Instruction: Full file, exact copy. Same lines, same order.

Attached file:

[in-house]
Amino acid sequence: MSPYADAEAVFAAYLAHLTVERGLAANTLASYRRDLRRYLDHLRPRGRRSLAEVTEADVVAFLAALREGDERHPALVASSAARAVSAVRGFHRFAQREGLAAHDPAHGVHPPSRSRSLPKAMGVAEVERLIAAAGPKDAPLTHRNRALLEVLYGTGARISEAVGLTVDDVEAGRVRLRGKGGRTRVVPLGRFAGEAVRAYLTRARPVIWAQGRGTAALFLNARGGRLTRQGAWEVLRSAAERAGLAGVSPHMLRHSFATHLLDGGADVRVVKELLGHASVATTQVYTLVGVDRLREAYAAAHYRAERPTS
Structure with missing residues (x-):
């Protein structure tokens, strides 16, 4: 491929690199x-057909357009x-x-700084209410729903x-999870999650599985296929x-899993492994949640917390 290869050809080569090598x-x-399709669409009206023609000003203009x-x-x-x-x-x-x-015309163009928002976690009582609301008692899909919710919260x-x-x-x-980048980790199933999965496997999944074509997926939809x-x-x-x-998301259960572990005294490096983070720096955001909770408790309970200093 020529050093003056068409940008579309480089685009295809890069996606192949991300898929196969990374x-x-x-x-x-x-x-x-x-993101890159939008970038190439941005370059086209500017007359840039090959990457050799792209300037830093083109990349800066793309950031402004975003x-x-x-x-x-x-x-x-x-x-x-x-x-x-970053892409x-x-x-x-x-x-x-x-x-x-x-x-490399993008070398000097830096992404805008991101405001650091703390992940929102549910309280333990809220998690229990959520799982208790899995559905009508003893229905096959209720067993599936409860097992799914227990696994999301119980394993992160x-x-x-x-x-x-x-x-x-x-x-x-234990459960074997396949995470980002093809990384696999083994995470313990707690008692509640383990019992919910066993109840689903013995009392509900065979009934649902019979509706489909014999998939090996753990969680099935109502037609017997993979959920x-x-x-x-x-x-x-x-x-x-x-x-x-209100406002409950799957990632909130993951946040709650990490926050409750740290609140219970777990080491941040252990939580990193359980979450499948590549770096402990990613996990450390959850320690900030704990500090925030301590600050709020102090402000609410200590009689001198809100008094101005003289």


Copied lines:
[in-house]
Amino acid sequence: MSPYADAEAVFAAYLAHLTVERGLAANTLASYRRDLRRYLDHLRPRGRRSLAEVTEADVVAFLAALREGDERHPALVASSAARAVSAVRGFHRFAQREGLAAHDPAHGVHPPSRSRSLPKAMGVAEVERLIAAAGPKDAPLTHRNRALLEVLYGTGARISEAVGLTVDDVEAGRVRLRGKGGRTRVVPLGRFAGEAVRAYLTRARPVIWAQGRGTAALFLNARGGRLTRQGAWEVLRSAAERAGLAGVSPHMLRHSFATHLLDGGADVRVVKELLGHASVATTQVYTLVGVDRLREAYAAAHYRAERPTS
Structure with missing residues (x-):
């Protein structure tokens, strides 16, 4: 491929690199x-057909357009x-x-700084209410729903x-999870999650599985296929x-899993492994949640917390 290869050809080569090598x-x-399709669409009206023609000003203009x-x-x-x-x-x-x-015309163009928002976690009582609301008692899909919710919260x-x-x-x-980048980790199933999965496997999944074509997926939809x-x-x-x-998301259960572990005294490096983070720096955001909770408790309970200093 020529050093003056068409940008579309480089685009295809890069996606192949991300898929196969990374x-x-x-x-x-x-x-x-x-993101890159939008970038190439941005370059086209500017007359840039090959990457050799792209300037830093083109990349800066793309950031402004975003x-x-x-x-x-x-x-x-x-x-x-x-x-x-970053892409x-x-x-x-x-x-x-x-x-x-x-x-490399993008070398000097830096992404805008991101405001650091703390992940929102549910309280333990809220998690229990959520799982208790899995559905009508003893229905096959209720067993599936409860097992799914227990696994999301119980394993992160x-x-x-x-x-x-x-x-x-x-x-x-234990459960074997396949995470980002093809990384696999083994995470313990707690008692509640383990019992919910066993109840689903013995009392509900065979009934649902019979509706489909014999998939090996753990969680099935109502037609017997993979959920x-x-x-x-x-x-x-x-x-x-x-x-x-209100406002409950799957990632909130993951946040709650990490926050409750740290609140219970777990080491941040252990939580990193359980979450499948590549770096402990990613996990450390959850320690900030704990500090925030301590600050709020102090402000609410200590009689001198809100008094101005003289």